Generally asking multiple questions in a single question are discouraged on Stack Exchange sites, since asking questions in bulk reduces their exposure as individual questions.
@jakebeal is correct, authorship and the ordering thereof, is extremely field-dependent. A tag search on Academia.SE should give you an idea about how different things are in different fields.
Here are some general answers that might hopefully be of some use:
- Do advisory committee given a different treatment when it comes to the contribution? Are students expected to list them as authors?
Co-authors are people who have contributed to the work at hand. How that's defined is quite up to the field and sometimes even specific groups. I know for instance that in maths and physics, even having a lengthy conversation over a cup of coffee or two might be rewarded with a co-authorship. It is somewhat more strict closer you get to biology and medicine. But there is no written rule as far as I know..
- How are contribution and authorship communicated, what is the norm and when draft is sent or circulated through email (between members)
should the student add their names as authors, leave it blank, so
whoever want to contribute will add his own name?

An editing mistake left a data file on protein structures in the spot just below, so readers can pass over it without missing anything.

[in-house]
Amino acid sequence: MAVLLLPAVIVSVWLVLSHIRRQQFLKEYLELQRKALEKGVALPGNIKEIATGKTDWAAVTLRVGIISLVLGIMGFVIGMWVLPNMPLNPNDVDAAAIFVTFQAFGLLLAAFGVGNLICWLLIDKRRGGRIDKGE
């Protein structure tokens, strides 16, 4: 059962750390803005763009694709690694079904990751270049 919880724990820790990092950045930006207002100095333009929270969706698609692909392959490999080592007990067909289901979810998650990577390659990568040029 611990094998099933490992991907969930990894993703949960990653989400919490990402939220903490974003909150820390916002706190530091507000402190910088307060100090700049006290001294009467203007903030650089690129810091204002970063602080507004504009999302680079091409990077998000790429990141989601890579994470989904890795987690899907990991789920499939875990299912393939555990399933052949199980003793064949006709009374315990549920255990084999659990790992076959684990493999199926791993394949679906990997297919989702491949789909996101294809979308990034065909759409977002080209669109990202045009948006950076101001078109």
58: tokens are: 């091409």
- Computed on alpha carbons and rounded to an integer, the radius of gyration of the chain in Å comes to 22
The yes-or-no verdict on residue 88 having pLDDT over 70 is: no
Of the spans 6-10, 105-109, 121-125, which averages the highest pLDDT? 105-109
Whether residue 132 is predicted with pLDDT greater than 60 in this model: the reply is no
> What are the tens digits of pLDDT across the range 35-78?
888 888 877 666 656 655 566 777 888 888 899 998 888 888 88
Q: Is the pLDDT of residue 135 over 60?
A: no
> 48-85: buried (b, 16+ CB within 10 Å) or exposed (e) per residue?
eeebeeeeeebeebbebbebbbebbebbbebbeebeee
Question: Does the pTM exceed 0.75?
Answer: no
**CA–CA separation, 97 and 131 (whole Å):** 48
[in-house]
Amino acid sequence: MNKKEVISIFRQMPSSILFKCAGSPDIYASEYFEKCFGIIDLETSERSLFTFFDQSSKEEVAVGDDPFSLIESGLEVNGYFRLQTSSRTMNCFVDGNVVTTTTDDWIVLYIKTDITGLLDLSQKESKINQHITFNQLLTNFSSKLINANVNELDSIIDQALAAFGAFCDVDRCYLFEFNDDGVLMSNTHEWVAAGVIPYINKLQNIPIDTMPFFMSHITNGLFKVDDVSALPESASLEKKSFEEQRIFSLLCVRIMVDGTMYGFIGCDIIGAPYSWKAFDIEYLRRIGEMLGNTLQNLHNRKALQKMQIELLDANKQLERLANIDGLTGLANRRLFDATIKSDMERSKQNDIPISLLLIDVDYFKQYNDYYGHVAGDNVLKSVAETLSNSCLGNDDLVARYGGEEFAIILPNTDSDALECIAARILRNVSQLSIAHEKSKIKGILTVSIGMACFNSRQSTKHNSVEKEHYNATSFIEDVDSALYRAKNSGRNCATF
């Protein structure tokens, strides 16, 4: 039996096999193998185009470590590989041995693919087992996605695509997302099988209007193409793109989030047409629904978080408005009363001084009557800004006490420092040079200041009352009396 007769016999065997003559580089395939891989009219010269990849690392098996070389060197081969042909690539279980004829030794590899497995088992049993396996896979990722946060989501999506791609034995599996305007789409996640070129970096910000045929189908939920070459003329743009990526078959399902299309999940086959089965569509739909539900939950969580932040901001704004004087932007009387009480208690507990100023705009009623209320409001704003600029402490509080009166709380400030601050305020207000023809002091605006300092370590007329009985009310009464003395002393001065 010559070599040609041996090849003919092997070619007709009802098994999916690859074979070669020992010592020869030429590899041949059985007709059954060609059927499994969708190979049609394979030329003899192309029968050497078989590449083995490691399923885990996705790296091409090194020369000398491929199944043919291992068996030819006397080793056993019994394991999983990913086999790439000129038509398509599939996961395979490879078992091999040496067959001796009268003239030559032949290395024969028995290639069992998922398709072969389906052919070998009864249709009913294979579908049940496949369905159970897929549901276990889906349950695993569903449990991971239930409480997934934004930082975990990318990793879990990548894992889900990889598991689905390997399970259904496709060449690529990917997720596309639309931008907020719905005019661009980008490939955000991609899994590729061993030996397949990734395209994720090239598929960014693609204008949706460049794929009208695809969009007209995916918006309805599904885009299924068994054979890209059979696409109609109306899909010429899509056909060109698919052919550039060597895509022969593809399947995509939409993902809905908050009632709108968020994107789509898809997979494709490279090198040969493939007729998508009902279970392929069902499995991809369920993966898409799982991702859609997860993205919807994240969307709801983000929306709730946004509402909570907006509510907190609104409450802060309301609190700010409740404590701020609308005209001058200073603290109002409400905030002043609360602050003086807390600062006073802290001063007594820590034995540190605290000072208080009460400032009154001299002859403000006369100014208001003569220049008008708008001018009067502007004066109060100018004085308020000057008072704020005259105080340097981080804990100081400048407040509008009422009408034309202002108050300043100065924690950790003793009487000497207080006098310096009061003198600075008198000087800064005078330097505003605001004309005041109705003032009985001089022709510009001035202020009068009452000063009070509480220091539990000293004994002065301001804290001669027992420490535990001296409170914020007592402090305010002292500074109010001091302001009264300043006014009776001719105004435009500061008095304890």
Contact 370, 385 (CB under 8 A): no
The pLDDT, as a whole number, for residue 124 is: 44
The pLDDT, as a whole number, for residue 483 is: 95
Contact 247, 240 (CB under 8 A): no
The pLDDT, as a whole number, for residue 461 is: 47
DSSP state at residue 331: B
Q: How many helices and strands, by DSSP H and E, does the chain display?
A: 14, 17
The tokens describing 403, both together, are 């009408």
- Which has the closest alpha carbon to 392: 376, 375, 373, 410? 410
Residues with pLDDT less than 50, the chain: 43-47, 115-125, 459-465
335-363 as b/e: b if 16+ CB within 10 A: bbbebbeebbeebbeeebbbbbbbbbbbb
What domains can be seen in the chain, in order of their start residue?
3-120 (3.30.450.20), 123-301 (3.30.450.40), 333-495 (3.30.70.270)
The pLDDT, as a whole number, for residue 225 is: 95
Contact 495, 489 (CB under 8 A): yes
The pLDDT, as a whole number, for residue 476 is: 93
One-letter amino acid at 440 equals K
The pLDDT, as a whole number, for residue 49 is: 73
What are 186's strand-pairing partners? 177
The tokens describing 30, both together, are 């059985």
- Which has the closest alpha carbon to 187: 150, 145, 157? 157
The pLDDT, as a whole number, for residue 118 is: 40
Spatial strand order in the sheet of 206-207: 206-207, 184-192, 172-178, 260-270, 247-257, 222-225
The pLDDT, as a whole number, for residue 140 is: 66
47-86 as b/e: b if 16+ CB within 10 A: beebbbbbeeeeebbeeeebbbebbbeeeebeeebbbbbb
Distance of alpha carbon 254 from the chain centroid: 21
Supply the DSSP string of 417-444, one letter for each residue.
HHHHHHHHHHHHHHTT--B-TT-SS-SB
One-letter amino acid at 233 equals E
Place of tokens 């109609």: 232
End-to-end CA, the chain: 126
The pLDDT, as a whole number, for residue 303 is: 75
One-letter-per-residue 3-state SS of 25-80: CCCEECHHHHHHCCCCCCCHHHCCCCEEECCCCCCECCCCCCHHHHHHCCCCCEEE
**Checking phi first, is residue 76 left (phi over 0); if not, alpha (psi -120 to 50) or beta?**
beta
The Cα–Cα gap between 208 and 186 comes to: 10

In my experience, it's usually (and hopefully) decided in advance and revised prior to submission or after reviews, in case any extra work is required. I have never heard of "sign up if you wanna be a part of this article" approach before.
- Should the PI providing the data or equipment be listed on the students work even if he doesn't light or contribute to the drafting
them a script?
There's a long, and I mean long path between drafting a manuscript and getting it published. The PI will most likely be involved in those steps in between, if not in the beginning.
You also need to see that the role a PI assumes might vary from person to person, some are hands-on and some adopt a more sink-or-swim approach. Some will micromanage details, and some will leave it up to you to figure things out along the way. My point is, if your PI hasn't been contributing much so far, there might be more than one plausible explanation for it, don't be quick to judge.
And finally to answer the question, I cannot imagine a world where you can exclude the PI who's providing your salary, and the resource you've used from a publication that you have produced, unless the person specifically tells you to do so.